Who do you prefer to write for, adults or children? How do you feel about restricting your content for the Pearlie series, more so than you would for say, a book like Farewell My Ovaries?

The trick with the Pearlie books is to get character and story in 1600 words. They can be time consuming – like doing a giant crossword. Of course they are a vastly different exercise to adult books. I’ve just written my first young adult book : I Lost My Mobile at the Mall – Teenager on the Edge of a Technological Breakdown. It’s proved to me than I’ll happily write for any age group if the tale’s good enough.
 
Early after Farewell My Ovaries was released, a lot of it was made of its… content. What drove you to write a book like it?

I read a lot of chick/hen-lit and was always disappointed that there was no decent sex in there. I mean – you read for 300 pages about love and all that and there’s no sex? Surely we’ve moved on since Jane Austen.

What was the funniest complaint you received about it?

A woman wrote to complain the lead character smoked. No matter that she had some fairly wild sexual escapades. I thought, given her sex life, my heroine should have been on a pack a day of Camel unfiltered!
 
Nagging For Beginners… it’s all shades of brilliant. How many of the nags featured in that book would you admit to ever having used?

All of them, repeatedly. BTW. Why are you sitting around reading this when your room looks like a pigsty?
 
I’ll have you know, my room looks like… [William looks away from the computer to see a stack of clothes on his unmade bed. To be fair, he’s packing for a trip to Queensland, but still, point taken] …Of your books, which one has the best opening line?

‘Now, Francie, I want you to look into this mirror and tell me what you love about yourself.’ Love and Punishment.

If you could claim any other writer’s work as your own, whose would it be?

J. K. Rowling, please.
 
If you could rid the world of ONE book, which would it be?

The Da Vinci Code by Dan Brown. Aaargh!
 
The last Australian book you read?

Cooee by Vivienne Kelly and I loved it! She’s such an acute observer of character.
 
I asked my friend for a random filler question, and she came up with this, so, fill away: What is the most valuable piece of advice you were never told?

Never cross the Portuguese border at 3a.m. in a car full of piano players with Ignatius Jones in the boot – it will only end in tears!

The Indigenous Literacy Project Launch

“This project is a real opportunity for all Australians to get involved in a simple, effective and meaningful community activity. I encourage you, your school, your bookclub, or your organisation to be involved.”
– Thérèse Rein, Patron

This morning, I attended the launch of Book Buzz, an initiative of the Indigenous Literacy Project, at Customs House:

Unfortunately, this is the last photo my camera took before it decided to kick the proverbial bucket and only take corrupted .jpgs, something I only realised five minutes ago. Anyway, it was a great morning (and for the record, I took some great photos), with guests including Kate Grenville and Thérèse Rein. The Indigenous Literacy Project really is a worthwhile cause, one that Boomerang Books is proud to support.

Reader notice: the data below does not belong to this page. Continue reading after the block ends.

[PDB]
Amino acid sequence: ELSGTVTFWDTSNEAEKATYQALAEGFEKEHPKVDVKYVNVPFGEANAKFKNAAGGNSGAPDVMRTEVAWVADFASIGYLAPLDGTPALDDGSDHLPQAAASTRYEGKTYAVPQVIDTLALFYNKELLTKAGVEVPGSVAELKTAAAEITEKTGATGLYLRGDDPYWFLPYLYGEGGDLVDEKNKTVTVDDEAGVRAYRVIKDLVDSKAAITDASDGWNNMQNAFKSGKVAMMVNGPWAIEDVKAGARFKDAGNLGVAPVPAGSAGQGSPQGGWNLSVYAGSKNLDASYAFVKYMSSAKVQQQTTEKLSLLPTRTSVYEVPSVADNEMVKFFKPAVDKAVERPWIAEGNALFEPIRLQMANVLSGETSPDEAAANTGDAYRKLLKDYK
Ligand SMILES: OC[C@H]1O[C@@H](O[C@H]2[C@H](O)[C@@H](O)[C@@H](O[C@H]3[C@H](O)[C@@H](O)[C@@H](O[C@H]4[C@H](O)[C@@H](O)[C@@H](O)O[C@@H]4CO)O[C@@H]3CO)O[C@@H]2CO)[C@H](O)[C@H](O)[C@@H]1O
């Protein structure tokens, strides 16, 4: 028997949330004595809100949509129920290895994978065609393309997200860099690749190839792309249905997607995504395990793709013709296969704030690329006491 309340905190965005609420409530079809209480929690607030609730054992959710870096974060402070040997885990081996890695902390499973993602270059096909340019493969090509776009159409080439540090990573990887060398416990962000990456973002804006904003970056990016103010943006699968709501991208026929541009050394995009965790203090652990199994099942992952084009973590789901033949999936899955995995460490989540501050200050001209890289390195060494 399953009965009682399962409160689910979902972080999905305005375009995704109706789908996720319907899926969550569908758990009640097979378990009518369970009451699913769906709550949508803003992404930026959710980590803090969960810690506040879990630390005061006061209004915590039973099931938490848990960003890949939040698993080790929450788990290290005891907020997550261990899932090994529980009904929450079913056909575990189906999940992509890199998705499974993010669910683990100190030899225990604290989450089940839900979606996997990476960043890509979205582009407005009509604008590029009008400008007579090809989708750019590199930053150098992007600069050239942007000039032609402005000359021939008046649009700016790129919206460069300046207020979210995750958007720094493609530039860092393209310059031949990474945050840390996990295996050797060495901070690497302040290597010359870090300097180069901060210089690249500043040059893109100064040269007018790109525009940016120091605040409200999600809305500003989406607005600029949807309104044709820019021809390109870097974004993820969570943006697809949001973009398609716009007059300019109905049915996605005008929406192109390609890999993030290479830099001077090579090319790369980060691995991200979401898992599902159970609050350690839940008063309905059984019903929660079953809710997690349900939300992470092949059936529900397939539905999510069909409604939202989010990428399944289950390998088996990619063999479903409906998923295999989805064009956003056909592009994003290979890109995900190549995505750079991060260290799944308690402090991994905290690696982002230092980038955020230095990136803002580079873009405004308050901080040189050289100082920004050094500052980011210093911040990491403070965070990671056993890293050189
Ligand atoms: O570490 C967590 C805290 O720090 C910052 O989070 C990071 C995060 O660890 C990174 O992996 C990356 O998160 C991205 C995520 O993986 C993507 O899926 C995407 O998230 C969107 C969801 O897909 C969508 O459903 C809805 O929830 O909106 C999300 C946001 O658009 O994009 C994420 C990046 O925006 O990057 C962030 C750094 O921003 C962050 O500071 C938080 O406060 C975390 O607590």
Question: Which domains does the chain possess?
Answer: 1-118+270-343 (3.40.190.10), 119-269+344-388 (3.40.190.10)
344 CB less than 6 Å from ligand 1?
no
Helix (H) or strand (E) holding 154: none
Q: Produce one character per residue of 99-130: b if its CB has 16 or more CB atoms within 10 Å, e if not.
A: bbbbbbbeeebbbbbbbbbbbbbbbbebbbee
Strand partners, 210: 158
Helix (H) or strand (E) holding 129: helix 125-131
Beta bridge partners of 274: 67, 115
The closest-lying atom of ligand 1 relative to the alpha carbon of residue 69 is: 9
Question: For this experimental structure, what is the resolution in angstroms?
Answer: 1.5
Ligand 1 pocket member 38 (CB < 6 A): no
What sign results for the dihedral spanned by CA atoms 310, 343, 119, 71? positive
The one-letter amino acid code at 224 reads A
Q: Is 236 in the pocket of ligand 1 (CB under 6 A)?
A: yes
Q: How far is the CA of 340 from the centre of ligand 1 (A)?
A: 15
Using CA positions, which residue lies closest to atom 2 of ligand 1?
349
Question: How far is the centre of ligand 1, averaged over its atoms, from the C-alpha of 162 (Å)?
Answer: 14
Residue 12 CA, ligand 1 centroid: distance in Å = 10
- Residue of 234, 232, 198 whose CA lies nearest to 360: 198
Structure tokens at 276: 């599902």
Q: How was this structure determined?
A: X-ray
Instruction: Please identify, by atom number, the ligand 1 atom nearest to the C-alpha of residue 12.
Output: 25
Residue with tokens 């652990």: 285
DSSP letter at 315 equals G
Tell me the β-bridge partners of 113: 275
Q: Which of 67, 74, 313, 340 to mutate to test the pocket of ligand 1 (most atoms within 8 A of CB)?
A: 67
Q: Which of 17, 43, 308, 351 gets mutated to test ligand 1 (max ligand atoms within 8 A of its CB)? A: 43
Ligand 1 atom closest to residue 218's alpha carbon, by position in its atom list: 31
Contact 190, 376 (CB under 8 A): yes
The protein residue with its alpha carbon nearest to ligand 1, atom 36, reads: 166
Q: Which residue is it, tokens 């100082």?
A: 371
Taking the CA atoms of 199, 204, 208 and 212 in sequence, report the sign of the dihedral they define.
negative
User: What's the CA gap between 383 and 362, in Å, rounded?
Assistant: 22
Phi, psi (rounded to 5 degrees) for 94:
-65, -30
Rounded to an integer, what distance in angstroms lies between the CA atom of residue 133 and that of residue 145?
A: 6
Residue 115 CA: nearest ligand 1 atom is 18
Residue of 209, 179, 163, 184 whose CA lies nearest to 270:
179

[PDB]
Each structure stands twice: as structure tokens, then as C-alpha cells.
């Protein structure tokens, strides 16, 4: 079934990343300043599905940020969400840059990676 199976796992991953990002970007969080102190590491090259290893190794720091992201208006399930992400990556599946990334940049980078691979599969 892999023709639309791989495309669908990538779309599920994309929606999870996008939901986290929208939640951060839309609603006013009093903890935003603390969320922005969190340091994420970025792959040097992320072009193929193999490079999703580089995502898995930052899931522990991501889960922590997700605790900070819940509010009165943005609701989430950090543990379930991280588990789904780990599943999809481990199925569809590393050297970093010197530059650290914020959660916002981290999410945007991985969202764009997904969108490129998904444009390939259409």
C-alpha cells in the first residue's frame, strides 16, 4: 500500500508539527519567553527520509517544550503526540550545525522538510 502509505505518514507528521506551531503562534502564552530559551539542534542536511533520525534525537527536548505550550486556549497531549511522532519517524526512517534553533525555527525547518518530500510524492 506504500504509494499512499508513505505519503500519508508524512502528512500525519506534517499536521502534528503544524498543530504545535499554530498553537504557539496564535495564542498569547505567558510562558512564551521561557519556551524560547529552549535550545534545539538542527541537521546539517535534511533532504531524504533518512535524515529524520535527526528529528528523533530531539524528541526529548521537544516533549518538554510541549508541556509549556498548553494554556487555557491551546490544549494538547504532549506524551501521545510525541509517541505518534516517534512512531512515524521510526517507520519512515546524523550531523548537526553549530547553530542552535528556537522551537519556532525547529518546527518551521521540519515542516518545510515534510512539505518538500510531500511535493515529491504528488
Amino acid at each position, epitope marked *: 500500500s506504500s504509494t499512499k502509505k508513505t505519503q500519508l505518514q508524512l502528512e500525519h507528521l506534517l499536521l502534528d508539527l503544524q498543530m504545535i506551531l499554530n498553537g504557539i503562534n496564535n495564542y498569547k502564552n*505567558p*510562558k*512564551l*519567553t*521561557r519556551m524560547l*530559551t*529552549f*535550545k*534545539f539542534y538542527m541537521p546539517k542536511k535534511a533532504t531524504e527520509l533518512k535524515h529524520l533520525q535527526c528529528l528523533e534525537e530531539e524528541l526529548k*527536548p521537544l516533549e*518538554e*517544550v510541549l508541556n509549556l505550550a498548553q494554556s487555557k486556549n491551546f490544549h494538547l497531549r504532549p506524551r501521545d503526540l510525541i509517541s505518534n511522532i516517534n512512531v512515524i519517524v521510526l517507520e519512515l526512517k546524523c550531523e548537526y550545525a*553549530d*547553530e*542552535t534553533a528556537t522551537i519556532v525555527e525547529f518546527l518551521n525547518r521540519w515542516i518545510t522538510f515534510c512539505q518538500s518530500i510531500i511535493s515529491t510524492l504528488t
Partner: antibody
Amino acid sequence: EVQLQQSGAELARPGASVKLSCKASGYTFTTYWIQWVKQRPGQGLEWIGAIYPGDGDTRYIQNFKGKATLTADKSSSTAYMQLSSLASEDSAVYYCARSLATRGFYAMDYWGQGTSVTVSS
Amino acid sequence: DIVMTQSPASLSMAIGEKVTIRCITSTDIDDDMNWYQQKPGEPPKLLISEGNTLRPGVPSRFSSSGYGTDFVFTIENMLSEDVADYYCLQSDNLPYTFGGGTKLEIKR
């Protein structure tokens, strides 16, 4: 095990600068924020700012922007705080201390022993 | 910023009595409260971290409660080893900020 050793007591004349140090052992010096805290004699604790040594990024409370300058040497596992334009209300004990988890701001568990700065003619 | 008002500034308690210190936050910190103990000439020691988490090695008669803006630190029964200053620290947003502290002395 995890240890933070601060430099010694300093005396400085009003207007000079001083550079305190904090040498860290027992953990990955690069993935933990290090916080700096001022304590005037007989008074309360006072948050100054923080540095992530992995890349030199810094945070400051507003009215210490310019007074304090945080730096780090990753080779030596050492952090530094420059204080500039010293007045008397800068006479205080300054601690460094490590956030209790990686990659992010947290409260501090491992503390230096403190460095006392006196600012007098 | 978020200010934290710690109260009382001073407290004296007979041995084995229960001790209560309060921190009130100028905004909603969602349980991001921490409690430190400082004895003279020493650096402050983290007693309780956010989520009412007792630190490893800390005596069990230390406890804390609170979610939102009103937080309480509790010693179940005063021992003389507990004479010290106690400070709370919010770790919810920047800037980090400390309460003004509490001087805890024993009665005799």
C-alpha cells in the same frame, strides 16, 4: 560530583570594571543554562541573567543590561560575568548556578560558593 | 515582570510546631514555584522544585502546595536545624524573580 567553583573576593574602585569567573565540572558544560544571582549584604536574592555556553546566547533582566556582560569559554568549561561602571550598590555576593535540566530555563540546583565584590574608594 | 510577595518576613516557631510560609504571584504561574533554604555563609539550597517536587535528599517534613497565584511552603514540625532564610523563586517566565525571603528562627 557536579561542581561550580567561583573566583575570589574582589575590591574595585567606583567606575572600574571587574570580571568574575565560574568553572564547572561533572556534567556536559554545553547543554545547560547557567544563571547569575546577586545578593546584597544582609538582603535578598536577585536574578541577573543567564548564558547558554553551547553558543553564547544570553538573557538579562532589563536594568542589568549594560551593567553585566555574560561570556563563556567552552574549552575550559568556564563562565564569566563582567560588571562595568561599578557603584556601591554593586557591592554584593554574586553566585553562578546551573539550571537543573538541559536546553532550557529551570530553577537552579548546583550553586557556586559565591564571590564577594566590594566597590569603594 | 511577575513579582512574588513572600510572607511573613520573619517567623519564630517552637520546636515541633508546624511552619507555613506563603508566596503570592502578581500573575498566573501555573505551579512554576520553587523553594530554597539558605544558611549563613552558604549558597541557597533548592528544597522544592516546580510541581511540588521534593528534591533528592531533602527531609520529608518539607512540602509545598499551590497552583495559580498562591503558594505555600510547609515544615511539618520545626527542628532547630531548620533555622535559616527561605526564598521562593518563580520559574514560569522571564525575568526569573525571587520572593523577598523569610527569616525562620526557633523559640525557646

I have an illiterate grandmother, and I know how frustrating life can be for her. She’s in her seventies, and she can’t read prescription labels on medication, street signs, or even her own name on letters. Her education was interrupted by World War II, and after that, she migrated to Australia. Luckily, she has her children, and grandchildren, and neighbours, and friends, to help her. In some indigenous communities, this support network doesn’t exist. And it isn’t a one-off event like the War that only causes illiteracy in one generation, as was the case with my grandmother, it is continued illiteracy, generation after generation. The Indigenous Literacy Project aims to raise literacy levels and, in turn, improve the lives of these Indigenous Australians living in remote and isolated regions.

This is done by providing books and literacy resources to indigenous communities and raising broad community awareness of indigenous literacy issues.

“Disappearing into a book and into someone else’s world and into another story is a great joy. And for me having three children, one of my joys was to drop down to browse in our local bookshop and to find great books with them.”
– Thérèse Rein, Patron

In 2007 and 2008, the Project raised over $500,000, and aims to raise another $250,000 in 2009.

To learn more about the Indigenous Literacy Project, or to make a donation, you can visit: http://www.indigenousliteracyproject.org.au

Sydney Writers’ Festival: Saturday

Ah… the joys of non-ticketed events. I’d hoped to squeeze my way into four events, but only managed to get into two (apologies to e-newsletter subscriber, Amanda, who didn’t get her request…).

Research and Writing requested by e-newsletter subscriber Lisa
Paul Ham, Catherine Jinks and Babette Smith were shortlisted for ‘The Nib’: CAL Waverley Library Award for Literature, which recognises excellence in research. They joined Ashley Hay, a former literary editor of The Bulletin in discussion.

It was an interesting session. I’m not a big history buff, so I wasn’t expecting to have the time of my life or Vietnamanything, but I was pleasantly surprised. The three speakers were great – informative and entertaining.

Memorable moments

Paul Ham detailed how he went about interviewing former Vietnamese soldiers for his Vietnam: The Australian War. To get them to stop repeating the party line they’d been towing for forty years, he joked that he would “ply them with Jacobs Creek until they conceded defeat.”

The Reformed Vampire Support GroupCatherine Jinks on writing her first real protagonist in her historical fiction, The Dark Mountain: “She was real, and she has descendants who post on my message board… I live in fear of retribution.”